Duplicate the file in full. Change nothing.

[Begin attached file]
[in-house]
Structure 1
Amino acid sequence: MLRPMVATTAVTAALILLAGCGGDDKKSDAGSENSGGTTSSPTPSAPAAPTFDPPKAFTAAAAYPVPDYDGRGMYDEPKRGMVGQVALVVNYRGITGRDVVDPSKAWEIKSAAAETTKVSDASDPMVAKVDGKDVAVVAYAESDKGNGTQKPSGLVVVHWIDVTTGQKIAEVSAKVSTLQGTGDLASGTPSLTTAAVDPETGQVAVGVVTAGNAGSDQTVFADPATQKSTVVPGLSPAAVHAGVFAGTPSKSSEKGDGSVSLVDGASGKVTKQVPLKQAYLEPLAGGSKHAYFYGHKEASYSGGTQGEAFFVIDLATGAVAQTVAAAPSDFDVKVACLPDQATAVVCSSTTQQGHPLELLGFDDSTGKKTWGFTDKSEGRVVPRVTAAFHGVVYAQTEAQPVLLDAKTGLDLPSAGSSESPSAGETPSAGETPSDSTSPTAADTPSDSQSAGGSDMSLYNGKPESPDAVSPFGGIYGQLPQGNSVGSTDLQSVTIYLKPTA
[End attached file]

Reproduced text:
[in-house]
Structure 1
Amino acid sequence: MLRPMVATTAVTAALILLAGCGGDDKKSDAGSENSGGTTSSPTPSAPAAPTFDPPKAFTAAAAYPVPDYDGRGMYDEPKRGMVGQVALVVNYRGITGRDVVDPSKAWEIKSAAAETTKVSDASDPMVAKVDGKDVAVVAYAESDKGNGTQKPSGLVVVHWIDVTTGQKIAEVSAKVSTLQGTGDLASGTPSLTTAAVDPETGQVAVGVVTAGNAGSDQTVFADPATQKSTVVPGLSPAAVHAGVFAGTPSKSSEKGDGSVSLVDGASGKVTKQVPLKQAYLEPLAGGSKHAYFYGHKEASYSGGTQGEAFFVIDLATGAVAQTVAAAPSDFDVKVACLPDQATAVVCSSTTQQGHPLELLGFDDSTGKKTWGFTDKSEGRVVPRVTAAFHGVVYAQTEAQPVLLDAKTGLDLPSAGSSESPSAGETPSAGETPSDSTSPTAADTPSDSQSAGGSDMSLYNGKPESPDAVSPFGGIYGQLPQGNSVGSTDLQSVTIYLKPTA